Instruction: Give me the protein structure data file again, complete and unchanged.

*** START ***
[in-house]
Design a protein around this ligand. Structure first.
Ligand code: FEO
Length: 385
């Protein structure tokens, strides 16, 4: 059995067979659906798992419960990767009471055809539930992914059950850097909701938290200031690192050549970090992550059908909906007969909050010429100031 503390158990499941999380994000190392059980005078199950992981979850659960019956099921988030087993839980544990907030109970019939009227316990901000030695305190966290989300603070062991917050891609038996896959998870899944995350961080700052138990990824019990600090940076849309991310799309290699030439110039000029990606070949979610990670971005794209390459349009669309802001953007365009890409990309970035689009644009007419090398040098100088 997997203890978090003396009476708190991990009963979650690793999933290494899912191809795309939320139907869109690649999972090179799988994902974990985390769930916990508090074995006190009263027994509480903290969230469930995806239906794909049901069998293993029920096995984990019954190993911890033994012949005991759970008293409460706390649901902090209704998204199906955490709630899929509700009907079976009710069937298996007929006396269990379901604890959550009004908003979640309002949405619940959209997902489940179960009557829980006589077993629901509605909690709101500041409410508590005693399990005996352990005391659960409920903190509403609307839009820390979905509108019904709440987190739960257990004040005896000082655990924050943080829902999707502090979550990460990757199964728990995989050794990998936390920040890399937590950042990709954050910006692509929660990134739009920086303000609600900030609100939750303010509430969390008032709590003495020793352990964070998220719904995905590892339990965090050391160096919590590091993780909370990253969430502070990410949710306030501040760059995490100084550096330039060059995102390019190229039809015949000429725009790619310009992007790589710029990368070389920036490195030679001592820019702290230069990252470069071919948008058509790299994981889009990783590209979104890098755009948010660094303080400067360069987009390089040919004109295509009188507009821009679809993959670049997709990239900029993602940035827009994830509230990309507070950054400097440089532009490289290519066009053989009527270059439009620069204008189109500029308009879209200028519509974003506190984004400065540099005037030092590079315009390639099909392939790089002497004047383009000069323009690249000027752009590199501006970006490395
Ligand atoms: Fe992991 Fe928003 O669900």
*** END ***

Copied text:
[in-house]
Design a protein around this ligand. Structure first.
Ligand code: FEO
Length: 385
């Protein structure tokens, strides 16, 4: 059995067979659906798992419960990767009471055809539930992914059950850097909701938290200031690192050549970090992550059908909906007969909050010429100031 503390158990499941999380994000190392059980005078199950992981979850659960019956099921988030087993839980544990907030109970019939009227316990901000030695305190966290989300603070062991917050891609038996896959998870899944995350961080700052138990990824019990600090940076849309991310799309290699030439110039000029990606070949979610990670971005794209390459349009669309802001953007365009890409990309970035689009644009007419090398040098100088 997997203890978090003396009476708190991990009963979650690793999933290494899912191809795309939320139907869109690649999972090179799988994902974990985390769930916990508090074995006190009263027994509480903290969230469930995806239906794909049901069998293993029920096995984990019954190993911890033994012949005991759970008293409460706390649901902090209704998204199906955490709630899929509700009907079976009710069937298996007929006396269990379901604890959550009004908003979640309002949405619940959209997902489940179960009557829980006589077993629901509605909690709101500041409410508590005693399990005996352990005391659960409920903190509403609307839009820390979905509108019904709440987190739960257990004040005896000082655990924050943080829902999707502090979550990460990757199964728990995989050794990998936390920040890399937590950042990709954050910006692509929660990134739009920086303000609600900030609100939750303010509430969390008032709590003495020793352990964070998220719904995905590892339990965090050391160096919590590091993780909370990253969430502070990410949710306030501040760059995490100084550096330039060059995102390019190229039809015949000429725009790619310009992007790589710029990368070389920036490195030679001592820019702290230069990252470069071919948008058509790299994981889009990783590209979104890098755009948010660094303080400067360069987009390089040919004109295509009188507009821009679809993959670049997709990239900029993602940035827009994830509230990309507070950054400097440089532009490289290519066009053989009527270059439009620069204008189109500029308009879209200028519509974003506190984004400065540099005037030092590079315009390639099909392939790089002497004047383009000069323009690249000027752009590199501006970006490395
Ligand atoms: Fe992991 Fe928003 O669900």